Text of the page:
K. Marchetti , T. Price & A. Richman 1995. Correlates of wing morphology with foraging behaviour and migration distance in the genus Phylloscopus. J. Avian Biol. 26: 177–181. Google Scholar


J. Marsá 1998. Longitud alar i sexe de Cinclus cinclus pyrenaicus. Bull. GCA 5: 1–8. Google Scholar


M. Mönkkönen 1995. Do migrant birds have more pointed wings? A comparative study. Evol. Ecol. 9: 520–528. Google Scholar


G. Moreno-Rueda & J.M. Rivas 2007. Recent changes in allometric relationships among morphological traits in the dipper (Cinclus cinclus). J. Ornithol. 48: 489–494. Google Scholar


M. Ninyerola , X. Pons & J.M. Roure 2005. Atlas Climático Digital de la Península Ibérica. Metodología y aplicaciones en bioclimatología y geobotánica. Universidad Autónoma de Barcelona, Bellaterra. Google Scholar


J.J. Nowakowski 2000. Long-term variability of wing length in a population of the Reed Warbler Acrocephalus scirpaceus. Acta Ornithol. 35: 173–182. Google Scholar


S.J. Ormerod & S.J. Tyler 2005. White-throated Dipper. In: Hoyo J. Del , A. Elliot & D.A. Christine (eds) Handbook of the Birds of the World. Vol. 10. Lynx Edicions, Barcelona, pp. 353. Google Scholar


S. Pakkasmaa , J. Piironen 2001. Water velocity shapes juvenile salmonids. Evol. Ecol. 14: 721–730. Google Scholar


W. Peach , Feu C. Du & J. McMeeking 1995. Site tenacity and survival rates of Wrens Troglodytes troglodytes and Treecreepers Certhia familiaris in a Nottinghamshire wood. Ibis 137: 497–507. Google Scholar


J. Rasbach , F. Steele , W. Browne & B. Prosser 2004. User's Guide to MLwinN Version 2.0. Institute of education, London. Google Scholar


B.E. Riddell & W.C. Leggett 1981. Evidence of an adaptive basis for geographic variation in body morphology and time of downstream migration of juvenile Atlantic salmon (Salmo salar). Can. J. Fish. Aquat. Sci. 38: 321–333. Google Scholar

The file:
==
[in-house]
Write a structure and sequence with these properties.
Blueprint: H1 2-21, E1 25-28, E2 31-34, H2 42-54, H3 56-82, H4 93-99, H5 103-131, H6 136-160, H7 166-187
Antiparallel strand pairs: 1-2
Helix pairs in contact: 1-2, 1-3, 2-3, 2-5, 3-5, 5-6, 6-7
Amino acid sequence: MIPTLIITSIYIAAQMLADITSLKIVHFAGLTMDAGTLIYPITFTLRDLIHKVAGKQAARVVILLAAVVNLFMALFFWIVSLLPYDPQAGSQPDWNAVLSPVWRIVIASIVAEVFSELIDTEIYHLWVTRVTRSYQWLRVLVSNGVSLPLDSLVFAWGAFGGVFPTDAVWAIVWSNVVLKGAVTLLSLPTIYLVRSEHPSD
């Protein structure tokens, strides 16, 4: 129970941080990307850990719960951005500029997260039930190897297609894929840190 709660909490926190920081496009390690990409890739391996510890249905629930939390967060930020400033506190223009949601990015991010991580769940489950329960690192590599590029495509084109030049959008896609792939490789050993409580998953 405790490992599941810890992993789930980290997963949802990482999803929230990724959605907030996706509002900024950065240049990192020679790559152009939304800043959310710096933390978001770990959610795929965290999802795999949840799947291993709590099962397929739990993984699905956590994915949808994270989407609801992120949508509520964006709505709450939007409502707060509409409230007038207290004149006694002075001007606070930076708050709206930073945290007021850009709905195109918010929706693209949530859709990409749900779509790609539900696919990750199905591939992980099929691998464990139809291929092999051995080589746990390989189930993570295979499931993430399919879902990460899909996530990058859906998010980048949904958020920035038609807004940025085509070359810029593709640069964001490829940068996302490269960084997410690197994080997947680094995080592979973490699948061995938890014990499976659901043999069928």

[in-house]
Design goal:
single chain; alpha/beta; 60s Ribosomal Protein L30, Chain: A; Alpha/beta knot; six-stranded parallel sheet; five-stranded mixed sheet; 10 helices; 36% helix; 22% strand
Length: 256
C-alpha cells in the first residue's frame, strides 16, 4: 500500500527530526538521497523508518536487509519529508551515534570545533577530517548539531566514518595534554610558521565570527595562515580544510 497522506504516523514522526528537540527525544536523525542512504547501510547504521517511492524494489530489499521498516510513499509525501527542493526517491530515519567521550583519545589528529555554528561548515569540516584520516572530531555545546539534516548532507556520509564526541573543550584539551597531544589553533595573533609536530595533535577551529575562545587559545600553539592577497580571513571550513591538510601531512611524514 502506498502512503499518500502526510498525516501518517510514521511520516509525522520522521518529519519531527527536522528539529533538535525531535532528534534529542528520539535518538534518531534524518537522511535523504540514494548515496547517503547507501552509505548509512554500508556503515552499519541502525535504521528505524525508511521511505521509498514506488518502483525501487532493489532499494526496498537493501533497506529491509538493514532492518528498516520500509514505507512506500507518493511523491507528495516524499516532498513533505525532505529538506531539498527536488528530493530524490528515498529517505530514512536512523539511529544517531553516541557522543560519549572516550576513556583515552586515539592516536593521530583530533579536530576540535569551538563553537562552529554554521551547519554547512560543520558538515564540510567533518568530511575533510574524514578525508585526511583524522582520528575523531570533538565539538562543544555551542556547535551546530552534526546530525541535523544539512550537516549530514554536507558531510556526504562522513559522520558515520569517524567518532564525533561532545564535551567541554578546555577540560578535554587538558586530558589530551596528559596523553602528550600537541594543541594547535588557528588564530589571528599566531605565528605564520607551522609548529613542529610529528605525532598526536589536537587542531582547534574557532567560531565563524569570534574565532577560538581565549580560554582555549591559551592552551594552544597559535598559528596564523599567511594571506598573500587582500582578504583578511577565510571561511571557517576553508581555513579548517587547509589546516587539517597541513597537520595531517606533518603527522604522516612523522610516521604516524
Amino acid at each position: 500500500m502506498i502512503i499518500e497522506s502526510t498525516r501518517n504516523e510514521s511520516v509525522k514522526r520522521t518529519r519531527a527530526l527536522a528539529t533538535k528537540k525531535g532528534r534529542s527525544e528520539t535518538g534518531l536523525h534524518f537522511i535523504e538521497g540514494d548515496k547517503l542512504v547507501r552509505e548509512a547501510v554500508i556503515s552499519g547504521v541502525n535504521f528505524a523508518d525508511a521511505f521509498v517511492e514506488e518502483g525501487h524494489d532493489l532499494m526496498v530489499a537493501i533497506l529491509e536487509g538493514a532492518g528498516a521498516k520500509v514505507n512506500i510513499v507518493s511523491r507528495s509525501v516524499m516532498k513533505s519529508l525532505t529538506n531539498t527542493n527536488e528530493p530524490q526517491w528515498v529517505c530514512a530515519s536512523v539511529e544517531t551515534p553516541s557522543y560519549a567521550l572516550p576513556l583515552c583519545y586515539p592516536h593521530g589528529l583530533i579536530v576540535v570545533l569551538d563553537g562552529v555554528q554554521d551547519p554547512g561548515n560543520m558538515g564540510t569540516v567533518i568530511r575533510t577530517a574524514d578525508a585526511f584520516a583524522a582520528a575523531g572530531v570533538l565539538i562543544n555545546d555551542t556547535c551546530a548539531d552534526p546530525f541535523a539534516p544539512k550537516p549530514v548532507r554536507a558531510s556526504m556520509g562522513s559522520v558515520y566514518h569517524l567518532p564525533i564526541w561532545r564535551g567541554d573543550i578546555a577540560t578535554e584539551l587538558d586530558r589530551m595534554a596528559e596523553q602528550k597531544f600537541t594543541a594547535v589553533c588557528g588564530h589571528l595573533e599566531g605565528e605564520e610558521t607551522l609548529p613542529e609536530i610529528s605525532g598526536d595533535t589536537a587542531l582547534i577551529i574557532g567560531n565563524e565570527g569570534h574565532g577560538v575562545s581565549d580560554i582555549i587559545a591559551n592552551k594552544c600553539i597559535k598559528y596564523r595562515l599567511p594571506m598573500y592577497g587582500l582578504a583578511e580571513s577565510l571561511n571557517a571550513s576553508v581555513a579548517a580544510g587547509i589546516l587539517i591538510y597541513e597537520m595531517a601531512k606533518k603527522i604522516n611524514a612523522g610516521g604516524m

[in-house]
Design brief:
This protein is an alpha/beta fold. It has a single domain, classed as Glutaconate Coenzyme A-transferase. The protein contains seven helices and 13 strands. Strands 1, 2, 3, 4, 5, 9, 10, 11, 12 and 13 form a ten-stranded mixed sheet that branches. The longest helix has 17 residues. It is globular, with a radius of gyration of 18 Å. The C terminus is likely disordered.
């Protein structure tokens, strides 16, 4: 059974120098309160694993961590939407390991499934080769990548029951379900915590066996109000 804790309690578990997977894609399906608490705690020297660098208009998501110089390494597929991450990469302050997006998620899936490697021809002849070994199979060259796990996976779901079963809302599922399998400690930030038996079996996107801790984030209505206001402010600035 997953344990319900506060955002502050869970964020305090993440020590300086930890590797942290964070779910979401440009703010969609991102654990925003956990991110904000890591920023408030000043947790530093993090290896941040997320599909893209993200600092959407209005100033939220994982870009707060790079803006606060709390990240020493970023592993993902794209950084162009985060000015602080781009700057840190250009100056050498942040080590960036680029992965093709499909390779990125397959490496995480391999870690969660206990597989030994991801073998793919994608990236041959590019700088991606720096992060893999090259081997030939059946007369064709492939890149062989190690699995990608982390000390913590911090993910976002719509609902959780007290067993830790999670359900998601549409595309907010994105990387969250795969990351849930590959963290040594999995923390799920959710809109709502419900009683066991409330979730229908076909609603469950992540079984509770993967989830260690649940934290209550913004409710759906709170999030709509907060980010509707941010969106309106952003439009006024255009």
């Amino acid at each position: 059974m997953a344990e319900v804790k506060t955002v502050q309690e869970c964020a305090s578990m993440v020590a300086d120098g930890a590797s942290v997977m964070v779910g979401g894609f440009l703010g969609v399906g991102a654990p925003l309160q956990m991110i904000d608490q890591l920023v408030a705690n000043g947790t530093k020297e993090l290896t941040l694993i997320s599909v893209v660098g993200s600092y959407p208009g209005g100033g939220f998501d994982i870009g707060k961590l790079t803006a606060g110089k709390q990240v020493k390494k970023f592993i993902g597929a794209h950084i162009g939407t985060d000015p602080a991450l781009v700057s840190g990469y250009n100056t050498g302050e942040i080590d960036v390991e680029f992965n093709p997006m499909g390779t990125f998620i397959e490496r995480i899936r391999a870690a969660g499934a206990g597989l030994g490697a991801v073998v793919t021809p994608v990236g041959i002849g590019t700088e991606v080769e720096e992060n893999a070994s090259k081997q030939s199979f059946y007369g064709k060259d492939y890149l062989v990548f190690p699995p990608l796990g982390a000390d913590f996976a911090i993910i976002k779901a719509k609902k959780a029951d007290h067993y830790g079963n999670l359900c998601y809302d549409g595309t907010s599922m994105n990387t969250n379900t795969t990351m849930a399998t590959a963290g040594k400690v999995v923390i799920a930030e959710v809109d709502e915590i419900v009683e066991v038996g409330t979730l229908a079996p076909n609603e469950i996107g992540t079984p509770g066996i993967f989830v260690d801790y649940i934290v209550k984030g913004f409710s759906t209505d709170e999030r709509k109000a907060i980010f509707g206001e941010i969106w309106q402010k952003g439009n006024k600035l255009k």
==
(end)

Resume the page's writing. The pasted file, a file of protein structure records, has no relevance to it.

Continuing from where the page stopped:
D. Schlüter 1993. Adaptive radiation in sticklebacks: Size, shape, and habitat use efficiency. Ecology 74: 699–709. Google Scholar


J.C. Senar & J. Pascual 1997. Keel and tarsus length may provide a good predictor of avian body size. Ardea 85: 269–274. Google Scholar


L. Svensson 1996. Guía para la identificación de los paseriformes europeos. SEO/Birdlife, Madrid. Google Scholar


T. Székely , J.D. Reynolds & J. Figuerola 2000. Sexual size dimorphism in shorebirds, gulls, and alcids: the influence of sexual and natural selection. Evolution 54: 1404–1413. Google Scholar


J.L. Tellería , B. Asensio & M. Díaz 1999. Aves Ibéricas. II. Paseriformes. J. M. Reyero, Madrid. Google Scholar


S.J. Tyler & S.J. Ormerod 1991. Some observations on Dippers Cinclus cinclus in the Atlas Mountains of Morocco. Beitr. Zool. Bonn 42: 35–45. Google Scholar


S.J. Tyler & S.J. Ormerod 1994. The Dippers. T. & A.D. Poyser, London. Google Scholar


A. Villarán , J. Pascual-Parra & E.T. Mezquida 2001. Diferencias biométricas entre dos poblaciones de Mirlo Acuático Cinclus cinclus en ambas vertientes de sierras del Sistema Central. Bull. GCA 18: 9–16. Google Scholar